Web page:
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Calling all Water Protectors

Updated: Jul 5, 2023



Tomorrow at 9:00AM the House Energy and Natural Resources Committee will hear HB142 - the Generating Facility and Mine Remediation Act. To protect the San Juan River watershed, to protect the frontline communities who have borne the brunt of air, water and land pollution from the San Juan Generating Station and the San Juan mine for 50 years we are reaching out to ask as many people as possible to show up in person at the Roundhouse in Room 317 at 9:00AM tomorrow morning to show your support for this important bill.

Even if you can't make it to the Roundhouse your voice still matters!

Whether in person or on zoom you can come prepared to make public comment or you can simply raise your hand to show legislators that the people of New Mexico want an independent assessment and strict oversight of the San Juan Generating Station plant and the San Juan Mine cleanup to ensure that generations of San Juan County residents, farmers, and wild creatures are protected from the dangers of toxic coal ash residuals. Everyone downstream of the plant will be impacted by foreseeable contamination of the San Juan River by PNM’s legacy coal ash contamination. This is preventable. We need to stand up and make sure this intergenerational injustice doesn’t not occur. All we need to do is invest a little bit now for an independent comprehensive assessment and methodical monitoring and oversight of cleanup.

If you cannot be present at the hearing (or even if you can!) please click the button below to send your comments to all the committee members who will hear this bill.

TALKING POINTS AND RESOURCES TO PREPARE COMMENTS

  • The San Juan plant and mine are contaminated with open wastewater pits and at least 59,000,000 tons of Coal Combustion Residuals, aka coal ash, stored in unlined pits, making the likelihood of leaching from these waste contaminants foreseeable.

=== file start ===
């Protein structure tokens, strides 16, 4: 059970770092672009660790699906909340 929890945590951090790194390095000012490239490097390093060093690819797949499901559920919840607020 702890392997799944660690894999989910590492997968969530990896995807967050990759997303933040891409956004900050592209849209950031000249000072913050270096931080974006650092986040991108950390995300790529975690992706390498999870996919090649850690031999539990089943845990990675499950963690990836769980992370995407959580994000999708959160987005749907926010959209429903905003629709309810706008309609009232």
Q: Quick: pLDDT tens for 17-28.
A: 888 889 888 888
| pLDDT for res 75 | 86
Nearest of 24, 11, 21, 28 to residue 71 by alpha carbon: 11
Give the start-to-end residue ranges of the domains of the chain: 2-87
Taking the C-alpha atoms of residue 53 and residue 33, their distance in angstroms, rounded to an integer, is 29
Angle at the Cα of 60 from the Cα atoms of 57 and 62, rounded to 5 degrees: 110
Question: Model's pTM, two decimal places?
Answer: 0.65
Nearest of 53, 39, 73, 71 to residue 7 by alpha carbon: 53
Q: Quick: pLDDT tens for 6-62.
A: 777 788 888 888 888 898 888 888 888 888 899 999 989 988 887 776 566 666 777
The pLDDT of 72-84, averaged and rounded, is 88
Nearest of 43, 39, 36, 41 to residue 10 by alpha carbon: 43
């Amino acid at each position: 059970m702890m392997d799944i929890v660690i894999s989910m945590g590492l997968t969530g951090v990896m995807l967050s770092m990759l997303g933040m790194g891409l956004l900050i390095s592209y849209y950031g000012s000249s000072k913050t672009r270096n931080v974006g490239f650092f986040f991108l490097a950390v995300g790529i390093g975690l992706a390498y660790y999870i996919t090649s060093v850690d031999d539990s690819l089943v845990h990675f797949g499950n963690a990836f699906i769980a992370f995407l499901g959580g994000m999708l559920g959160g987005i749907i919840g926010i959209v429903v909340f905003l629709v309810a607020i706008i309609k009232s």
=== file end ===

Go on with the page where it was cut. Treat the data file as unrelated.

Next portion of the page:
• Coal ash is incredibly dangerous. Short-term exposure can bring irritation of the nose and throat, dizziness, nausea, vomiting, and shortness of breath. Long-term exposure can lead to liver damage, kidney damage, cardiac arrhythmia, and a variety of cancers.

  • Industry data from more than 548 disposal units at 292 power plants and offsite disposal areas found that 91% of coal plants are contaminating the groundwater with unsafe levels of toxic contaminants from coal ash in ponds and landfills. Contamination may go undetected in nearby private wells for years, because most coal ash pollutants have no telltale taste or color.

  • In light of the history of toxic substances leaching from coal ash improperly disposed by PNM at the San Juan plant and mine, an independent assessment, transparency and oversight are critical to ensure that timely actions are taken to protect the watershed, and the communities that rely on it, in perpetuity.

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